You see a lot of this from the president in Battlestar Galactic. At the outset, she's a progressive, but--over the course of the series--she authorizes torture, summary executions, censorship, and a ban on abortion. Although she believes in democracy, she even rigs an election. These contradictions between her beliefs and her actions are believable because we see that she sees the game has changed. At first it was about preserving civilization, but it became struggle for the actual survival of the human race--civilized or not.

Anonymous said...

Or if you were writing comedy, the inconsistency can make a character wonderfully ironic. I'm thinking of Winifred, the suffragette mother in Mary Poppins. She sings an entire song about being a bold woman, "no longer the mild and meek subservient we. We're fighting for our rights militantly!" And then she's quickly hiding her banners and at the beck and call of her husband and spouting off about how clever he is and how incapable she is. It's delightful.

em said...

I'm with Beth and Murphy on this one. Motivation backed by some layers of a prior journey or experience. I know that Anon mentioned that this was a Major problem with published stories but I'd like to know from Alicia or Theresa if lack of character consistance or charactization is a problem they see a lot with their submissions?

c.e.lawson said...

So if there was some immediate catalyst for her change, like her son gets in trouble and she is a newspaper editor and she suppresses the police notice in the paper about his arrest, it would be more deep characterization? Makes sense to me-- we see what motivates her to change, and it's CHANGE, not just being inconsistent?No, I don't think it's change or being inconsistent. It's more that we find out a deeper layer of character - that her loyalty to her family is more important than her loyalty to the ideal of freedom of speech. Maybe there have been hints to her degree of family loyalty previously, but now her order of priorities has been revealed more fully. We see that she's able to sacrifice her integrity in one sense in order to protect what she sees is a greater good. That's not necessarily inconsistent, just more complex. Ack, I hope that makes sense! :)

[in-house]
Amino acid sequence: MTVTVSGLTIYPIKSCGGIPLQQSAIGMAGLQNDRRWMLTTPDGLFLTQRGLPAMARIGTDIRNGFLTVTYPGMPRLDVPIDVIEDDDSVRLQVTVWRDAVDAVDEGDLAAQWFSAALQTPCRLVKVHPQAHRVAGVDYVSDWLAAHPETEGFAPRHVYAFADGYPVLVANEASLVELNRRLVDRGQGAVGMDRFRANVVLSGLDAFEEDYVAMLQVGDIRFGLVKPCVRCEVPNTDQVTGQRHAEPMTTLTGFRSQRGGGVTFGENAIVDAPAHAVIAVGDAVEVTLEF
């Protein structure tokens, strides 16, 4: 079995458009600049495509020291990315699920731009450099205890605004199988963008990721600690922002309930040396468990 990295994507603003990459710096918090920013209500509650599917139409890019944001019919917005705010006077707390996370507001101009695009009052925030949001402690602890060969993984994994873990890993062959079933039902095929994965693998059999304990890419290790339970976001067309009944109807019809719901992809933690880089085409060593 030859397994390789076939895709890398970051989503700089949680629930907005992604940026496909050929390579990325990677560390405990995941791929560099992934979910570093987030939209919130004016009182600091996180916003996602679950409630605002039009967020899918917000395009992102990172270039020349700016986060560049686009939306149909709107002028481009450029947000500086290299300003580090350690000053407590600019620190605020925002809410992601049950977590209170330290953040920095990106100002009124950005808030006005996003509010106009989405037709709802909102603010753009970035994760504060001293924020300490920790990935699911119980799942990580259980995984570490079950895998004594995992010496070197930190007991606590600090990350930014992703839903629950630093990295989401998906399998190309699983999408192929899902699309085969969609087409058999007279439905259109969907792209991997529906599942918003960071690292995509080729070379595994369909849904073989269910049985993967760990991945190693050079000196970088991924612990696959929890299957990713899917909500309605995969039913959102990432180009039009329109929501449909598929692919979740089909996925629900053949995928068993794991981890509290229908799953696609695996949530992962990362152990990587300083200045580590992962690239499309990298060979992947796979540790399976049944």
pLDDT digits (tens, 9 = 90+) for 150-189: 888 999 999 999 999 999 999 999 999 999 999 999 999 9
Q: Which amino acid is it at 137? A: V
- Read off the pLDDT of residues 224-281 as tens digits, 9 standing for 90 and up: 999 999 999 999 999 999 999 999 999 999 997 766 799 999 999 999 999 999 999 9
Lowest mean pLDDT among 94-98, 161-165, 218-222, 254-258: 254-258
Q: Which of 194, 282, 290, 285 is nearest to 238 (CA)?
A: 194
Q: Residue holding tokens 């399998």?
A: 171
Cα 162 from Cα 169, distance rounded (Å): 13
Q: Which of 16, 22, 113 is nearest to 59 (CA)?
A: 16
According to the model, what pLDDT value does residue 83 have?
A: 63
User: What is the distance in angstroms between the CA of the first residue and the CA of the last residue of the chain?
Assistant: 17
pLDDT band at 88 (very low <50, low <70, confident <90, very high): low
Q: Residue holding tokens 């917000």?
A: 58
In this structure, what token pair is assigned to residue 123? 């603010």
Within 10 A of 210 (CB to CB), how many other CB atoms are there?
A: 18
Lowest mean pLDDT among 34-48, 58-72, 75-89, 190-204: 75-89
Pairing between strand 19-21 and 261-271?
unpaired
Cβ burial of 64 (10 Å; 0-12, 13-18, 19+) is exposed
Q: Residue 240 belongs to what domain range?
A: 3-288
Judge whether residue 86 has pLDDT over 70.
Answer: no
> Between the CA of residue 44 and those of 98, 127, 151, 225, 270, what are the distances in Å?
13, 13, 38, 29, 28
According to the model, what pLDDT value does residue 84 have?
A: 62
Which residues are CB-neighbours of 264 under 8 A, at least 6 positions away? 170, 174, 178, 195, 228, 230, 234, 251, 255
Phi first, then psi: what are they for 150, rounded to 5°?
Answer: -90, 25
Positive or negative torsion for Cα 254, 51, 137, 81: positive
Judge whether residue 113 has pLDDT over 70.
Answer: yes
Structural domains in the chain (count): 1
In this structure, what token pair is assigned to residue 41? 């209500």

Babs said...

c.e. Lawson says:
Sacrific her integrity for the greater good.

Can she do this and make the reader understand and sympathize without first having gone through as Murph says: a process? and once she does wouldn't this change her especially after she has made such a sacrific?

Adrian McCarthy says:

These contradictions between her beliefs and her actions are believable because we see that she sees the game has changed.

That's an interesting point. Instead of sacrificing her integrity the heroine is choosing to put it aside and concentrate on the greater good.

JewelTones said...

I think motivation is key. A character can take a stance, like the Freedom of Speech stance, and if you give her the proper motivation and reason for changing her opinion on that stance, I think you could get away with it. I'm all for Free Speech, but I think the greatest harm can be done when people wrap themselves in it. I'm reminded of the Olympic Park Bomber. The poor security guard got torn to ribbons in the press, in the public eye, slandered and maligned and his life ruined all in (the press even followed the guy to the grocery store) the name of "free speech" and "freedom of the press" and -- after it was all said and done and the poor man's life was utterly destroyed? Ooops.

I would think if something like THAT happened and the heroine was involved and just saw it as a feeding frenzy destroying an innocent person, her views on Justice, on human decency, Presumed Innocent and just the revulsion to what humans will do to humans would kick in, far outweighing the "free speech" thing.

JT